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Largest fuel supplier in southern Russia forced to halt operations after drone attack – HUR

NZNP shut down after drone attack
NZNP shut down after drone attack

The only operating Novoshakhtinsk oil refinery in Russia’s Rostov Oblast was forced to halt operations after a drone attack, Ukraine’s Main Intelligence Directorate’s (HUR) spokesman Andriy Yusov said on national television on March 13.

The shutdown of this military facility, a crucial supplier of fuel to the Russian army, is expected to disrupt some enemy plans and provide defense forces with additional time, Yusov stated, refraining from confirming or denying HUR’s involvement in the attack.

While there were no casualties reported, the refinery was compelled to cease operations, and the extent of damage is currently being assessed, acknowledged regional governor Vasily Golubev. He noted that the UAVs landed on the plant’s premises due to “electronic warfare systems.”

Earlier, Golubev had alerted about the approach of three drones to Novoshakhtinsk.

The refinery, established in 2009, is the primary fuel provider in southern Russia, processing over 4.8 million tons of oil in 2023. It sits approximately one and a half kilometers northwest of Novoshakhtinsk and about 250 kilometers from Ukrainian-controlled territory.

Read also: Russia awakes to biggest attack on Russian soil since World War II

This incident is not the first time the plant has been targeted by drones; a similar occurrence took place in the summer of 2022, resulting in an explosion and fire. Ukrainian authorities have historically refrained from officially confirming their involvement in such attacks.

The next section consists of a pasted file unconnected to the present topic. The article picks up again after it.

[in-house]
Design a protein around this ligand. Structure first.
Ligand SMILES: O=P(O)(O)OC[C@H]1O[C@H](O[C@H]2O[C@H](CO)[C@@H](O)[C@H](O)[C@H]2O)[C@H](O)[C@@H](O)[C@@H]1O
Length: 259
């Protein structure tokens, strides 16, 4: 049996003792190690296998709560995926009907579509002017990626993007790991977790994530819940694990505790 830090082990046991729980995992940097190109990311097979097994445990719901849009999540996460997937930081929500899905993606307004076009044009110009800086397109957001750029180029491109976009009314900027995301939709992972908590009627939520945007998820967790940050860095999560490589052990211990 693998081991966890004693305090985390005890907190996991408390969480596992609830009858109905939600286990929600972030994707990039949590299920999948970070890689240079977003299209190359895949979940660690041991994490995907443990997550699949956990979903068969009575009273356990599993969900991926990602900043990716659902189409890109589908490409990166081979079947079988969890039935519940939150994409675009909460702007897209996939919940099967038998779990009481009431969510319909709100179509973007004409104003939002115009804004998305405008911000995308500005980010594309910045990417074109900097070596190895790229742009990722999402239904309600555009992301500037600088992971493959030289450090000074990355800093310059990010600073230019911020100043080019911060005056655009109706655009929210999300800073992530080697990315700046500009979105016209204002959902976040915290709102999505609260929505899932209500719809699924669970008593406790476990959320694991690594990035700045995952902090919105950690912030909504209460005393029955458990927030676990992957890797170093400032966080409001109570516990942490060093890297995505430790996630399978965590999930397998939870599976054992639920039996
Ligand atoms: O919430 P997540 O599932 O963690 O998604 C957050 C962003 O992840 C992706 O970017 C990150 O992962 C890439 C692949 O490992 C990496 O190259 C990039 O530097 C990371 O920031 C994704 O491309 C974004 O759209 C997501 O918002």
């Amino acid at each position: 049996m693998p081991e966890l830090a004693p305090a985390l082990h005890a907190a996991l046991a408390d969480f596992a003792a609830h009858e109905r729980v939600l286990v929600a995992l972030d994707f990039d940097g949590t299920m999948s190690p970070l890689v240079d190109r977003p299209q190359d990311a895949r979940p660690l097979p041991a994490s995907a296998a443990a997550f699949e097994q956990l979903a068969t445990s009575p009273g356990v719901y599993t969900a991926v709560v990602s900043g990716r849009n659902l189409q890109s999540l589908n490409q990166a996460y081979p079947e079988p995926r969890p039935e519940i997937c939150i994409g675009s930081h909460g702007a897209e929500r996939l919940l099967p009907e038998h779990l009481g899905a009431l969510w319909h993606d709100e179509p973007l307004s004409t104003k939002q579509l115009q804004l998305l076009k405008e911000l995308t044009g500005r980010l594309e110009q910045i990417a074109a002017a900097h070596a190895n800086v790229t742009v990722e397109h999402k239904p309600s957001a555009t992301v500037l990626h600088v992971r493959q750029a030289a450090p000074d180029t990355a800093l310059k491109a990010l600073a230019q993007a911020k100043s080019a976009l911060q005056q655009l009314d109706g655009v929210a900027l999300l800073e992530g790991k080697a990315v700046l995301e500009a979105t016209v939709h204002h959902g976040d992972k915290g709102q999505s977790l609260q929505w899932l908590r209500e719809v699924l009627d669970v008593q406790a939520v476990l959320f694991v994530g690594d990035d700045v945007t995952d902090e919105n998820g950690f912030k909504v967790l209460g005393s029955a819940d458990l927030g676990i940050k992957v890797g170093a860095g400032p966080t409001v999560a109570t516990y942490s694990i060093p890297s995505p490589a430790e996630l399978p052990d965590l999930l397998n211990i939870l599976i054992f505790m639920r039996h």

Overnight on March 13, at least 60 drones were sighted across seven Russian oblasts, with an additional seven spotted in the morning wave, as announced by Russia’s Defense Ministry. It marks the most extensive attack on Russian soil since World War II.

These drone waves follow a series of attacks on March 12, during which Russia encountered at least 25 drones across nine regions, striking at least two oil facilities.

Russia has claimed to have “intercepted and destroyed” 58 out of 60 attack drones in the overnight wave.

Strikes on oil refineries, vital to Russia’s revenue, have the potential to curtail the country’s gasoline and diesel output, leading to price increases. In response, Moscow imposed a six-month ban on gasoline exports effective March 1.

Read also: UA attacks 9 Russian oblasts, hits two oil depots and a city admin building in biggest attack of war

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Read the original article on The New Voice of Ukraine